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Paul Marsh, the executive chairman of the Federation of International Cricketers' Associations (Fica), has condemned changes to the International Cricket Council (ICC) and described reforms as a sad day for cricket.

"This is a very sad day for our game," he said in a statement. "This should be an indicator to the future for all of us, where self-interest and short-term deal making will override the long-term health of the game and views of its key stakeholders.

"While unfortunately the final outcome had an air of inevitability about it once the process became clear, it again highlights how poorly our game is governed.

"Of extreme concern to all involved in Fica is the fact that so many key stakeholders in the game condemned the proposed changes... yet the ICC Board still approved these changes."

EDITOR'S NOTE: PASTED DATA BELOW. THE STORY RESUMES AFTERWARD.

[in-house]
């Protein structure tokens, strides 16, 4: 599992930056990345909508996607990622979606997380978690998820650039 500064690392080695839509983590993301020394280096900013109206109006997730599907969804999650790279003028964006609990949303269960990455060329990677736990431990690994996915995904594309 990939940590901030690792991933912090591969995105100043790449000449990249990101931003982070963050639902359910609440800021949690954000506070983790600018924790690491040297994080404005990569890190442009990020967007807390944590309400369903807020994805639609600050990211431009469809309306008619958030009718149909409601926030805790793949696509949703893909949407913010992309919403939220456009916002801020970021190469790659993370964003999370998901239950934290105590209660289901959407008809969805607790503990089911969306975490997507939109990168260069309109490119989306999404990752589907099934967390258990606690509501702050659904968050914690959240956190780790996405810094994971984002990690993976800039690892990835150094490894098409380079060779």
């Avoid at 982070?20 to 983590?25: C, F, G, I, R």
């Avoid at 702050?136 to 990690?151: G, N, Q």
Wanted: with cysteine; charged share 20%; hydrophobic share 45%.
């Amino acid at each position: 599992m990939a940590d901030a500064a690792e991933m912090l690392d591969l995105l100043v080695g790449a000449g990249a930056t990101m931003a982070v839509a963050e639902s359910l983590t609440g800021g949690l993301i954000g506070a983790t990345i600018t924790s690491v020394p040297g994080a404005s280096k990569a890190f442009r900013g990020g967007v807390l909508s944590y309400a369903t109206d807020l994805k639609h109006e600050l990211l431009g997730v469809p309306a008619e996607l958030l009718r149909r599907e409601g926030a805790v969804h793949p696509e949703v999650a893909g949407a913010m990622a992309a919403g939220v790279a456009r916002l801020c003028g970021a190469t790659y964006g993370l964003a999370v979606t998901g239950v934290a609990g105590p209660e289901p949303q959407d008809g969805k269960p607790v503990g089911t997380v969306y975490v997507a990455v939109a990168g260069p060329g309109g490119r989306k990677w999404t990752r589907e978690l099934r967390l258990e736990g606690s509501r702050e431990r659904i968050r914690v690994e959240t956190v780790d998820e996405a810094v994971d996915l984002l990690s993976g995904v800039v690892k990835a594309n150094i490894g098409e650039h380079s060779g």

The ICC board passed key reforms on Saturday, meaning that the 'Big Three' nations - Australia, India and England - will be given more control of cricket's governing body and earn a greater share of ICC revenue.

The changes will see the formation of a new executive committee of five members, with the ECB, Cricket Australia and Board of Control for Cricket in India all guaranteed a place.

Associate members, including Ireland and Scotland, also now have the chance to play Test cricket.

The World Test Championship idea was scrapped and the Champions Trophy will return in 2017.

Fica had urged other Test playing nations to block the proposals but only two of the 10 full members - Pakistan and Sri Lanka - abstained from voting in Singapore.

Image via Getty


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ICC reforms a 'very sad day' for cricket
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